In the previous posts in this series, I’ve taken off with the assumption that most people reading will have a familiarity with the giant novel. This time I’ll start from the basics. Ulysses by James Joyce is one of those books that many people have heard of but probably still can’t tell you much about.
Basics of Ulysses
Ulysses takes place over a single day in the life of Leopold Bloom. In fact, June 16 is called Bloomsday, and celebrations happen around the world in commemoration of the novel.
I went into Ulysses knowing this much.
What I hadn’t realized is that Stephen Dedalus, from Portrait of the Artist as a Young Man, is given equal weight as a main character.
It is written in stream-of-consciousness style. People have probably heard this novel is “unreadable,” and this is the reason why.
It’s not so much that the events of the day are mind-numbingly boring (this is true!), but that the prose itself is impenetrable. I’ve worked my way through many, many works of literature people have called unreadable and never found them to be so.
This one actually is.
Prose Style in Ulysses
Unlike Proust, whose stream-of-consciousness prose is thoughtful and elegant, Ulysses fully embraces the utter chaos that is the human mind.
Here’s a sample:
Proudly walking. Whom were you trying to walk like? Forget: a dispossessed. With mother’s money order, eight shillings, the banging door of the post office slammed in your face by the usher. Hunger toothache. Encore deux minutes. Look clock. Must get. Ferme. Hired dog! Shoot him to bloody bits with a bang shotgun, bits man spattered walls all brass buttons. Bit all khrrrrklak in place clack back. Not hurt? O, that’s all right.
And on and on and on it goes: for 260,000 words. There are ways to ground yourself though. And that’s what I’d like to spend the rest of the post talking about.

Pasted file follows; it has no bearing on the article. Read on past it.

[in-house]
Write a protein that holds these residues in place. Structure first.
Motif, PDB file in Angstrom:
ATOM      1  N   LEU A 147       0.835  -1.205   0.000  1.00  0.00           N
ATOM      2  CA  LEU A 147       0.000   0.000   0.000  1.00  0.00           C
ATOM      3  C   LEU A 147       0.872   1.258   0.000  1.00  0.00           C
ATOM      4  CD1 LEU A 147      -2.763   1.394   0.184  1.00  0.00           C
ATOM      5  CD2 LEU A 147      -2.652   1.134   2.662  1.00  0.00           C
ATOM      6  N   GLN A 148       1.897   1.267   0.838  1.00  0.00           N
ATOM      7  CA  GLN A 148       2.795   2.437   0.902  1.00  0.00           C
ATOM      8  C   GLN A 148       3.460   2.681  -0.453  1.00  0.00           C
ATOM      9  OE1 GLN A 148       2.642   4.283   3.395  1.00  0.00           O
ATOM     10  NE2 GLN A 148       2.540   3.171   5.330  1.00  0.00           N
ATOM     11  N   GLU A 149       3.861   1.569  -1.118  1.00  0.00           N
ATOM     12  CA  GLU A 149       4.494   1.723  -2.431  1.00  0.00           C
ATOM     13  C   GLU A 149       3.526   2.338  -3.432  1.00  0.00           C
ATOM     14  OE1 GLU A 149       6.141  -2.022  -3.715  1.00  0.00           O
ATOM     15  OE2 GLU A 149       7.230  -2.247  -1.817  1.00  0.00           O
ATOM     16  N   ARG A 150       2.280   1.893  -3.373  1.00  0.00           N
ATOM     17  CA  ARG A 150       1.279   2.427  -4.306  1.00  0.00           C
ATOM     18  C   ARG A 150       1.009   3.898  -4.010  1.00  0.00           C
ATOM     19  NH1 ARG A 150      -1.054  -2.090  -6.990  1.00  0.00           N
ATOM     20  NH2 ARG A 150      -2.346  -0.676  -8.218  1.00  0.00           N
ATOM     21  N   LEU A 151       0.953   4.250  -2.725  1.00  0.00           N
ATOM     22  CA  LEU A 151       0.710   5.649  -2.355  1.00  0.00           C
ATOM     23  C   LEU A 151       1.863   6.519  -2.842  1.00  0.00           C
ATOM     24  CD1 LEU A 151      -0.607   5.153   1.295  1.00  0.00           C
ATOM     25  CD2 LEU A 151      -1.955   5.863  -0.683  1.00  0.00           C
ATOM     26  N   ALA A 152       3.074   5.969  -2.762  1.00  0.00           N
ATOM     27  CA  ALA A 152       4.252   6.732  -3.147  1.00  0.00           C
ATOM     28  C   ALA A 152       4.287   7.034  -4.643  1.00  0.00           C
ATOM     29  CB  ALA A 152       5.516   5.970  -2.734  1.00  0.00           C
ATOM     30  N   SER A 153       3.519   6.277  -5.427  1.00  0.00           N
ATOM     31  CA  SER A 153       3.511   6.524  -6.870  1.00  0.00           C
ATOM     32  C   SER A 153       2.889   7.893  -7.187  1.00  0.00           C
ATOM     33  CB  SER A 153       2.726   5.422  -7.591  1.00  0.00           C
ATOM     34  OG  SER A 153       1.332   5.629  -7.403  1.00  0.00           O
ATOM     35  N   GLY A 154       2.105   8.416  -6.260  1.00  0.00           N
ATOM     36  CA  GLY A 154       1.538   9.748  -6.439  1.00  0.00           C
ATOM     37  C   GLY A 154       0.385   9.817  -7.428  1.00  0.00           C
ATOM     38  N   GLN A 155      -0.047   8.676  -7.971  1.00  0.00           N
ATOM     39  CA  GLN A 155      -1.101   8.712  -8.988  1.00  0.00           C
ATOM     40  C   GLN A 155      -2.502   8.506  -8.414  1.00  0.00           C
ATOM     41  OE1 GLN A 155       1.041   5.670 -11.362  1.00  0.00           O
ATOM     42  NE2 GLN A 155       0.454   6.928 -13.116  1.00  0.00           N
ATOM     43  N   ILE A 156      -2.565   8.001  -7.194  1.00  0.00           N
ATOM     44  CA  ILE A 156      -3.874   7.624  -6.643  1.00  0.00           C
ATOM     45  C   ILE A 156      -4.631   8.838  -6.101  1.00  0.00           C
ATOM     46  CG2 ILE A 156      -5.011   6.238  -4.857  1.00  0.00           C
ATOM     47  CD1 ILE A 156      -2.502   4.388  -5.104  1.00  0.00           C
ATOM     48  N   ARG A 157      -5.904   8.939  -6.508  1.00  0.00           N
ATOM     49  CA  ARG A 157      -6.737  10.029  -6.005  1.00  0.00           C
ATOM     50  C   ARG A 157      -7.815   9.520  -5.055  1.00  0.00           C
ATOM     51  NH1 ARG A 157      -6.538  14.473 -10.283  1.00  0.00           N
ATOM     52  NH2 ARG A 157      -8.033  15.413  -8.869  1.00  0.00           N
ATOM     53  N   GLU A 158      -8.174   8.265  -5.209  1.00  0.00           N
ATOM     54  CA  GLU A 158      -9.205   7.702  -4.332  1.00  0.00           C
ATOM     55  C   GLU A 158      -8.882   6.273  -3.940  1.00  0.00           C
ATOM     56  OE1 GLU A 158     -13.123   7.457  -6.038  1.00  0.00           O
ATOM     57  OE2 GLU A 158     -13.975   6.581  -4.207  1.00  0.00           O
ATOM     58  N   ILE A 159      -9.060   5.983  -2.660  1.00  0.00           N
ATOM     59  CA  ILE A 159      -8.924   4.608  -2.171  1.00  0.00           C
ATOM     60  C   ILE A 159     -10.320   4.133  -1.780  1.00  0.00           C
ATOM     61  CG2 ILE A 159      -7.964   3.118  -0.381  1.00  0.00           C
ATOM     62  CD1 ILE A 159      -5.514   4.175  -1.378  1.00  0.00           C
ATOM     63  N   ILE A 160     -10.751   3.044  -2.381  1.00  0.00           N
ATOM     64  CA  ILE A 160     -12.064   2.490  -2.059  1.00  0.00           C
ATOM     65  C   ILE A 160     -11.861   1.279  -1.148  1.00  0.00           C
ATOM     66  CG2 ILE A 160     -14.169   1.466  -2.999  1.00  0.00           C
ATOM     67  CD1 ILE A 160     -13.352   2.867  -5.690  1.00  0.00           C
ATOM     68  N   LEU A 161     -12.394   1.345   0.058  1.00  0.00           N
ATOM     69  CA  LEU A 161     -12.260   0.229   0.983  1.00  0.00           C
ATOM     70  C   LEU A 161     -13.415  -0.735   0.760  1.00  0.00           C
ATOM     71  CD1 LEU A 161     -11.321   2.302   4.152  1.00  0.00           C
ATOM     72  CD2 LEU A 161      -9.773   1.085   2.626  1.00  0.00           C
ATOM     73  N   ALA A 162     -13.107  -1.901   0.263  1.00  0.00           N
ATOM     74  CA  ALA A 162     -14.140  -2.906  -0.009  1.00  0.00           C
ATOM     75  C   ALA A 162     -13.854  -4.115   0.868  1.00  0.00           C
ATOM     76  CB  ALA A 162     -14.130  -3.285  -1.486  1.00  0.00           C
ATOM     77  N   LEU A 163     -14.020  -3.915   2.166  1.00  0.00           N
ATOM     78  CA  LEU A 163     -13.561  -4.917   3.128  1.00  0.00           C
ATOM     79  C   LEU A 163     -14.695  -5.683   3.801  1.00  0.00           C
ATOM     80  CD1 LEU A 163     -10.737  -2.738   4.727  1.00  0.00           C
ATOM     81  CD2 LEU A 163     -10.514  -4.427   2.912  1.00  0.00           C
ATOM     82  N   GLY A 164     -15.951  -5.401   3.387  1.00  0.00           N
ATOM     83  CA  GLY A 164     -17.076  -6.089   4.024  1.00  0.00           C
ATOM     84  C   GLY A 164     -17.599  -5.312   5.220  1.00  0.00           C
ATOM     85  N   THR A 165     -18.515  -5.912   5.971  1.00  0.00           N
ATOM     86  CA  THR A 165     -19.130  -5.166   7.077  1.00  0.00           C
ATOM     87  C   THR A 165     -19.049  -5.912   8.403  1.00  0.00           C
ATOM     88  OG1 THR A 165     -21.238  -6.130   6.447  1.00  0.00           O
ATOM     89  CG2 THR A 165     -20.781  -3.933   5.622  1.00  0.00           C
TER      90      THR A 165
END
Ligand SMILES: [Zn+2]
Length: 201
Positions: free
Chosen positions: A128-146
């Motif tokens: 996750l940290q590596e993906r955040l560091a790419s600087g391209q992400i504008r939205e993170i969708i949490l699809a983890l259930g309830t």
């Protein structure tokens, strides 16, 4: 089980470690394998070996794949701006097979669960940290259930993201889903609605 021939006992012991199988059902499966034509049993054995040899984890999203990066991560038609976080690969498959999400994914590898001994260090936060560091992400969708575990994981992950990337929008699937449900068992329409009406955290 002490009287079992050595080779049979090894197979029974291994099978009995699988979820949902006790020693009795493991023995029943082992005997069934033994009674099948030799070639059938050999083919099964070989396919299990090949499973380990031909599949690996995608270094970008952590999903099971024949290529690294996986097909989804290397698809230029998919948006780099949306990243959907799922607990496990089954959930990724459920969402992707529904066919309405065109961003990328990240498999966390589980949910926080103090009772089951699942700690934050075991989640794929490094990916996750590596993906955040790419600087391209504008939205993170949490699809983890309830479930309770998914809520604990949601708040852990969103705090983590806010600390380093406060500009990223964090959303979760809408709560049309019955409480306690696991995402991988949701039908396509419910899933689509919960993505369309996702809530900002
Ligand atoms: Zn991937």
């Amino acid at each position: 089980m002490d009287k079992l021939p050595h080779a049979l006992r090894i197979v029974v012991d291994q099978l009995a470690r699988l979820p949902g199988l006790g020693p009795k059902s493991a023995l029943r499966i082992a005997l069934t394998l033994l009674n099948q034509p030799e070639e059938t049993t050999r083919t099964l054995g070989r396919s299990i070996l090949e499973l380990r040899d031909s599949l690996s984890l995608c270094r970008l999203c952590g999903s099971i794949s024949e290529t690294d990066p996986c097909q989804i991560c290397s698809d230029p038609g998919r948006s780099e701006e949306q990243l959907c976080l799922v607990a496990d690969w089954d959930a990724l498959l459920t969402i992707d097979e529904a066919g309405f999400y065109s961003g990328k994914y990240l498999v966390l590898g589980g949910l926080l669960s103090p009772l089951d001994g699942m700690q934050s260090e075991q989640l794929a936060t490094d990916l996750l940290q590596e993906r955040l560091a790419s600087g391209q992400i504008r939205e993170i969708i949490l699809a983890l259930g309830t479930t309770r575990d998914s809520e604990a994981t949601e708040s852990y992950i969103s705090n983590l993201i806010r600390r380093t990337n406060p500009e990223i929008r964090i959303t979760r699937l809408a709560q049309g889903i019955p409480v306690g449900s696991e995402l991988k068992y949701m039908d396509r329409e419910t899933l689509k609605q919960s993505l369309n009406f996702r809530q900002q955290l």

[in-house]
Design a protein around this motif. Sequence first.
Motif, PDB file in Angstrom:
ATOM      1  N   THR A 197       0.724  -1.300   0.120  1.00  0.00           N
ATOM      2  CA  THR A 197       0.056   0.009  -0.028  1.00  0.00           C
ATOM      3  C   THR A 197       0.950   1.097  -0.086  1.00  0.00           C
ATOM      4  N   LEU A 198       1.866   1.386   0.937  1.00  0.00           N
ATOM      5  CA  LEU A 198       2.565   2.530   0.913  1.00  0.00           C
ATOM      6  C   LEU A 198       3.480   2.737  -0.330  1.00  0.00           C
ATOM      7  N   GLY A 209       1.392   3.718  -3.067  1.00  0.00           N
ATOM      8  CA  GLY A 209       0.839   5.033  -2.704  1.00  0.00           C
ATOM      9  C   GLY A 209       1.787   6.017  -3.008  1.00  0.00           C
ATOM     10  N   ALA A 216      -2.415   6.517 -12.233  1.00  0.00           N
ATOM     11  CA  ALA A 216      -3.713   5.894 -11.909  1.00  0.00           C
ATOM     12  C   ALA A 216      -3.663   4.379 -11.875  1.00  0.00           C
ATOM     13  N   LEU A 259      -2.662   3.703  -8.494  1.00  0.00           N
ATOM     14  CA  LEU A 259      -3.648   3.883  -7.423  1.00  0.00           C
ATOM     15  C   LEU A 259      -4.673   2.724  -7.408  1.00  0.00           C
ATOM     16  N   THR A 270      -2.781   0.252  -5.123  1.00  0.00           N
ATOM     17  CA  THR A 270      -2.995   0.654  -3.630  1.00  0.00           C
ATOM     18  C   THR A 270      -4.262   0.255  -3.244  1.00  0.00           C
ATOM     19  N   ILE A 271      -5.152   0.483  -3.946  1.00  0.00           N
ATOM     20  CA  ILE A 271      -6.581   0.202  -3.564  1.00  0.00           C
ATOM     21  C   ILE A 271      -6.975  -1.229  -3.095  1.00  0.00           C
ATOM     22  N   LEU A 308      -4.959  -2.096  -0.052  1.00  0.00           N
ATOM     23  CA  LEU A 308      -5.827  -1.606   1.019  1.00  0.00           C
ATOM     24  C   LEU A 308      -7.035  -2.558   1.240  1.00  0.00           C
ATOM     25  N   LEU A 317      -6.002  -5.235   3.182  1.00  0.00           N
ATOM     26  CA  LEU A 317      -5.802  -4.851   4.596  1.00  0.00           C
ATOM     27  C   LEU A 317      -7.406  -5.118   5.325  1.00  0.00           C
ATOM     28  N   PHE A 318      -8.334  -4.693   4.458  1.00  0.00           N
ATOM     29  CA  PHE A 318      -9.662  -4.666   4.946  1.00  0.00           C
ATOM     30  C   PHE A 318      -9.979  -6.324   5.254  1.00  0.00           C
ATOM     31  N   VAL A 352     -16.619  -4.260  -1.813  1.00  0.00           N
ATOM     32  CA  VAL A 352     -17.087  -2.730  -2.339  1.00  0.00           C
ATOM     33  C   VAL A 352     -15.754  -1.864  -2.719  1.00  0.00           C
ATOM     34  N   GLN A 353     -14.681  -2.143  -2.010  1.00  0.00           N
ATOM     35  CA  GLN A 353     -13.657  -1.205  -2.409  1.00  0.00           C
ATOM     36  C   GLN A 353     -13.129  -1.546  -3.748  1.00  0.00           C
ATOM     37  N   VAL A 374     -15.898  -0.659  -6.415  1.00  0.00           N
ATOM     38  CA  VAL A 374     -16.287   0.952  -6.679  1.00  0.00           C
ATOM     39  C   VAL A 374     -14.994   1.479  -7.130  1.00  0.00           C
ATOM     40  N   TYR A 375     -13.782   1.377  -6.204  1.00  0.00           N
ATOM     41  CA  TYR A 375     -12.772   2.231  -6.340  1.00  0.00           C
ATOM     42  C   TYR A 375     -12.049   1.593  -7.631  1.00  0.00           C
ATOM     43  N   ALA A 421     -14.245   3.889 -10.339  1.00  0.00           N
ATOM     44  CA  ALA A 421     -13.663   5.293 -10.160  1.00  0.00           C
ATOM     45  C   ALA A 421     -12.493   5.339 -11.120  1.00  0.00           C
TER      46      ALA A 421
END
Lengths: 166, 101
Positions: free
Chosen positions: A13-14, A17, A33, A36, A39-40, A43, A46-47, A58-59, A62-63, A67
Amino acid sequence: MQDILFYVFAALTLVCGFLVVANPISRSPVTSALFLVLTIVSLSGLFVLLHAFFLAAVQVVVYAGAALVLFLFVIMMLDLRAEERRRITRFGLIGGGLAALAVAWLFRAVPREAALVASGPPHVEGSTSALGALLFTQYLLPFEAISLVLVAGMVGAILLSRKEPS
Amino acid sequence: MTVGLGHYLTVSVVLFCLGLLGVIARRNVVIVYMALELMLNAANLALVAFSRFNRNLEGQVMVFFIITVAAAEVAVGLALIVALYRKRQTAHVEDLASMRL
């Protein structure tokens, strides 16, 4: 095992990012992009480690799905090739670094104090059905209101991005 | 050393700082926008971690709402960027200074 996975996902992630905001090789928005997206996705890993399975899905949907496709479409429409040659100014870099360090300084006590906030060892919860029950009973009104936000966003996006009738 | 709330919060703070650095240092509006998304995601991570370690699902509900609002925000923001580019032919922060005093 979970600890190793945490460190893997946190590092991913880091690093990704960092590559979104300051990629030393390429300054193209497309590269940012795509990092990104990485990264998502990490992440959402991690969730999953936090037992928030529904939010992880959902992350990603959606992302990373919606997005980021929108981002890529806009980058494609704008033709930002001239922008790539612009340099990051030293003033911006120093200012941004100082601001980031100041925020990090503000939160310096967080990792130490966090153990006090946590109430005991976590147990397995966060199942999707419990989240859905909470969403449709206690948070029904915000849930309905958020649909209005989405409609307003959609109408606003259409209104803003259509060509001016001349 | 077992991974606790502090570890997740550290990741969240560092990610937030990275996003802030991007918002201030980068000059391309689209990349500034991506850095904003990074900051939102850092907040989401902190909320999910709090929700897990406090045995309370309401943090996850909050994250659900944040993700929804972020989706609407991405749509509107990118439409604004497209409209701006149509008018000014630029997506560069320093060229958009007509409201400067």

Tips for Reading Ulysses
The name of the book is Ulysses in reference to the hero of Homer’s Odyssey. The novel is divided into sections, and one can supposedly correlate sections of The Odyssey with sections in Bloom’s day.
But why? And should you care?
We have to take a step back and put the book in context to answer these questions.
Ulysses is often considered the perfect culmination of all modernist literature. Modernism as a movement is sometimes considered to have started all the way back with Madame Bovary (1856) but didn’t fully come into realization until the devastation of World War I.
There was a vast turning inward.
The classics like War and Peace or The Odyssey or Great Expectations all had grand sweeping plots, rigid forms and structures, and a focus on beautiful language to show these things.
Modernism rejected these notions.
I think it’s very hard for us to understand the feeling in Europe after WWI, but once can try to empathize with the sense of futility.
We’re all small. People’s lives didn’t seem to matter. There weren’t heroes. There weren’t illusions of being able to change the course of history.
The classic form of the novel probably seemed a dangerous fantasy. The world was chaos and unpredictable: not structured and clear.
So what on Earth does this have to do with Ulysses?
The Heroic Journey
The one takeaway from the title is that this novel is self-aware of what it is doing. It says: Bloom’s ordinary day is the heroic journey of our time.
Maybe in the past, people could be worried about saving the world. In our time, an ordinary person trying to make it through an ordinary day is just as grand a struggle.
Depressing. I know.
For me, the only way to make it through this book is to get rid of trying to figure out how individual sections parallel The Odyssey.
Also, give up on there being any sort of plot to follow (though the Wikipedia page is quite helpful on this front). The main thing is to dive into the difficult prose and think: yes, this is how real people think, it is chaotic, and somehow we manage to get through it everyday.
So is this novel worth it?
In my opinion: definitely not.
As a perfect embodiment of the modernist movement, it is an extremely important historical work. As a work for scholarly study, it will give endlessly (each section is written in a different style/form!).
As a giant novel people should read, it is a nightmare.
If this type of thing interests you, read Mrs. Dalloway by Virginia Woolf instead. It is the exact same idea, an ordinary person’s ordinary day in the modernist style, but it is infinitely easier to read and much, much shorter.
Check out my other articles on giant novels: